Multitasking is the idea that you can do multiple things simultaneously and be more productive as a result. Ha! Research has shown that multitasking is a myth and can lead to burnout, mistakes, and stress. When you try to do multiple tasks at the same time, you are dividing your attention between them, which can lead to decreased performance in all of them. This is because your brain can only focus on one thing at a time, and switching between tasks can cause a lag in your cognitive processing, resulting in errors and mistakes.
This isn’t a theory or newfangled idea, but one discussed and studied for almost 300 years. In Christine Rosen’s article ‘The Myth of Multitasking‘, Rosen cites Lord Chesterfield’s (aka Philip Stanhope) Letters to His Son on the Art of Becoming a Man of the World and a Gentleman in which he proclaims “There is time enough for everything, in the course of the day, if you do but one thing at once; but there is not time enough in the year, if you will do two things at a time.” That was in 1747. Scientific American backs this up in their article from 2010 stating “When we do two things at the same time, our brain divides the work in half, literally: each hemisphere concentrates on one task.”
Digital distractions, such as social media notifications, email notifications, and instant messaging platforms, can be very disruptive to an employee’s workflow. Constant interruptions by digital distractions can make it difficult to maintain focus on the task at hand, and this can lead to decreased productivity and increased stress. Dare I say that the constant stimulation of digital distractions can create a sense of addiction or compulsion, making it difficult for employees to disconnect from work and recharge. This can contribute to chronic stress and burnout over time. Is there a bit of FOMO being disconnected from colleagues, a project, or friends during a time window when you’d usually be inundated with updates? Yes, you may need the silence, but it doesn’t mean it won’t feel surreal.
When you try to perform multiple tasks at once, the brain is not able to fully focus on any one task. This can result in poorer retention of information in short-term memory, as brains are not able to fully encode the information due to the competing demands of the different tasks. Research has shown that even small distractions can have a negative impact on cognitive performance, and the more complex the task, the more detrimental multitasking can be. The modern world’s demand for attention constantly with notifications and group chat messages can lead to increased stress levels, as your brain is constantly trying to switch between different tasks and manage competing priorities. Stress, fatigue, and decreased performance and productivity can result because human brains are not designed to handle multiple tasks simultaneously.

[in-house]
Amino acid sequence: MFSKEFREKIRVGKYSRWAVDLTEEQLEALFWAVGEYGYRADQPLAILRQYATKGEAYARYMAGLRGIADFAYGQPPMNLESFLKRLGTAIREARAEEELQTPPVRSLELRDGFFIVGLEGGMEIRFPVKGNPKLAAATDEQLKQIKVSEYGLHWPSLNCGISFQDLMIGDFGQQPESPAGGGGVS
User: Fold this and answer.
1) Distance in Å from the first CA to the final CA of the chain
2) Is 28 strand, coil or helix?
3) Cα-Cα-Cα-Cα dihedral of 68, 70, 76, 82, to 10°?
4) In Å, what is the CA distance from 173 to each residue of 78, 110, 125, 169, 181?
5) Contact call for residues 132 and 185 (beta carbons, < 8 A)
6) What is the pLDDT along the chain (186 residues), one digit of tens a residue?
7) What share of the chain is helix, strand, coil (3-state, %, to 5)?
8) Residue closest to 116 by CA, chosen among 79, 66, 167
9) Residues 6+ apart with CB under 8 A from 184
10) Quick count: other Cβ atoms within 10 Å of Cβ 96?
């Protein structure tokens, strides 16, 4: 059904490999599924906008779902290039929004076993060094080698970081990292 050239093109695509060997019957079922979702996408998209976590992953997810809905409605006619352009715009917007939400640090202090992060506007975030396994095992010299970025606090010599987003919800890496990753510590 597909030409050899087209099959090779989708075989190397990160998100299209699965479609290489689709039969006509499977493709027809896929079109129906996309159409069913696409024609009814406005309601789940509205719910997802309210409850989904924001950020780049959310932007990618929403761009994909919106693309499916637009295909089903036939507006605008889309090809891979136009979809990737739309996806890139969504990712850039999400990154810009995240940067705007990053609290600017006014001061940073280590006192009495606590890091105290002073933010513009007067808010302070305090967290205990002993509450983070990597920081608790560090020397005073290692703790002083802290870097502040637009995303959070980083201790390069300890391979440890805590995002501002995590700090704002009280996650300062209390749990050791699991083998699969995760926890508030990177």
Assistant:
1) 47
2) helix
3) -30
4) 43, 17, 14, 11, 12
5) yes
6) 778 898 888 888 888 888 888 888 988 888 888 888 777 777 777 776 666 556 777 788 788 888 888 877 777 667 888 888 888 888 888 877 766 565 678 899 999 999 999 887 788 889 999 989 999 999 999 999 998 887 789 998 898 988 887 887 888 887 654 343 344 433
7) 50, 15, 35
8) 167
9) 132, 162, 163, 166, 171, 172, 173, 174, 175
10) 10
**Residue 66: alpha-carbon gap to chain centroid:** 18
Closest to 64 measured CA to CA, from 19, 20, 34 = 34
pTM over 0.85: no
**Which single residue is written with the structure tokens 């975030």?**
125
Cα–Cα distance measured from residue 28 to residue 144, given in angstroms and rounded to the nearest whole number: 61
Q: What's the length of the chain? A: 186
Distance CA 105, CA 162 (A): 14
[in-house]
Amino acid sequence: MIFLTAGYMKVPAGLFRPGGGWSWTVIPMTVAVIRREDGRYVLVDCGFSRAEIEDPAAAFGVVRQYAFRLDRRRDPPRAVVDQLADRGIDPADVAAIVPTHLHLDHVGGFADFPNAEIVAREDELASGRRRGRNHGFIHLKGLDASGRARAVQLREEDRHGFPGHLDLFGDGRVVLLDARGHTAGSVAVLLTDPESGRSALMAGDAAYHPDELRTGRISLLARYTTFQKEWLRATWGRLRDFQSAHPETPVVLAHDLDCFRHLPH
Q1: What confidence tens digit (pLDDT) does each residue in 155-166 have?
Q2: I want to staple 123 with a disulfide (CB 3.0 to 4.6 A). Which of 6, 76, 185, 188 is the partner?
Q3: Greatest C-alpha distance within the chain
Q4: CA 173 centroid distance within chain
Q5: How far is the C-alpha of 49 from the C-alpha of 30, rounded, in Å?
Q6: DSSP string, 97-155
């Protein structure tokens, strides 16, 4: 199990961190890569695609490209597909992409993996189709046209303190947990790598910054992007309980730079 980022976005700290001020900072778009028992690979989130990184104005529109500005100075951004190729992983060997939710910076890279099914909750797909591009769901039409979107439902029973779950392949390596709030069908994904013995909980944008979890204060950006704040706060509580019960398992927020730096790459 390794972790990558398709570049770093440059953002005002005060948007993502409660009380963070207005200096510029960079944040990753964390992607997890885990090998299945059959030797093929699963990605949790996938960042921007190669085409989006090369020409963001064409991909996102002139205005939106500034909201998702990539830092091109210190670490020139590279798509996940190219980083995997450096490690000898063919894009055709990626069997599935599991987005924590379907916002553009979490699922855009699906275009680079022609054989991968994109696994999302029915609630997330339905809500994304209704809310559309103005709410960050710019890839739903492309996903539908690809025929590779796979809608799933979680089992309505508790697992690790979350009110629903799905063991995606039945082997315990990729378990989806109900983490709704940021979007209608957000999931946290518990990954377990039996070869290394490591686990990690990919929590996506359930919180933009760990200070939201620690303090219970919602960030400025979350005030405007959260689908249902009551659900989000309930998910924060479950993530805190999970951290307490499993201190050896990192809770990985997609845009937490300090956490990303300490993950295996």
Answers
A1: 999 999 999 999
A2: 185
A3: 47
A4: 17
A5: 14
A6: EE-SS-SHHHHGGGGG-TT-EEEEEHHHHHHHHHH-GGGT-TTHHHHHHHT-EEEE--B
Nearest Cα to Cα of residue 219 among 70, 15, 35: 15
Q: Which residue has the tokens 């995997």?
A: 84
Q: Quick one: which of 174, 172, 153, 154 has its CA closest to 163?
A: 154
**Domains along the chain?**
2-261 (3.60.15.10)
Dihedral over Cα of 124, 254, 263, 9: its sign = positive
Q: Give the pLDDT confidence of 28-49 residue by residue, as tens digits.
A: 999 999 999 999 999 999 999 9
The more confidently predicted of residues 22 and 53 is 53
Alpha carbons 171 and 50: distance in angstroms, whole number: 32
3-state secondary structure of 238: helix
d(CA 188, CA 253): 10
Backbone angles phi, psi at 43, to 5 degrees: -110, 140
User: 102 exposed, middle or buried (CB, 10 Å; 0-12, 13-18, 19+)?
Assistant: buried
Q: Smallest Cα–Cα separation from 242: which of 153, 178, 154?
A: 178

What to do instead
Instead of multitasking, what employers should be encouraging is effective task management and organisation. With those strengths, the tasks are not neglected and can be worked on concurrently, but not simultaneously. It’s better to focus on one task at a time and prioritize your workload, which can lead to better productivity, fewer errors, and a happier, more fulfilled work life.
To combat burnout caused by digital distractions and multitasking, it’s important for workers to set boundaries and limit the amount of time they spend on digital devices. This isn’t even limited to work though, the family WhatsApp group may be pinging you more often than your brain can handle. If you are on your lunch break or with a friend, don’t be tuned into the chat group or doom scrolling. Commit 100% to the break. Draft an outline on note paper to get a break from the screen. A study showed that longhand note taking can be better for learning than typing notes. This would work in concert with one solution to managing digital distractions which is to limit device use to necessary tasks. Employers can also take steps to reduce digital distractions in the workplace, such as implementing policies around email and messaging etiquette, encouraging breaks and time off, and promoting a culture of work-life balance.
In order to perform tasks optimally, it’s best to focus your attention on one task at a time. Matthew Solan wrote a piece focused on ‘The art of monotasking‘, explaining that “the brain cannot devote equal attention to multiple tasks that require high-level brain function.” Otherwise, there is an increased risk of burnout, which is characterized by physical, emotional, and mental exhaustion. In the workplace, multitasking can also lead to decreased job satisfaction, as employees feel overwhelmed and overburdened with tasks. This can result in high turnover rates and lower productivity levels. There is even research about the future neurological impact of this.
Multitasking is a myth and can have negative impacts on cognitive performance and stress levels. Instead, it is better to focus on one task at a time in order to maximize productivity and reduce stress. This means minimizing digital distractions, setting priorities, and taking breaks when needed to recharge and refocus.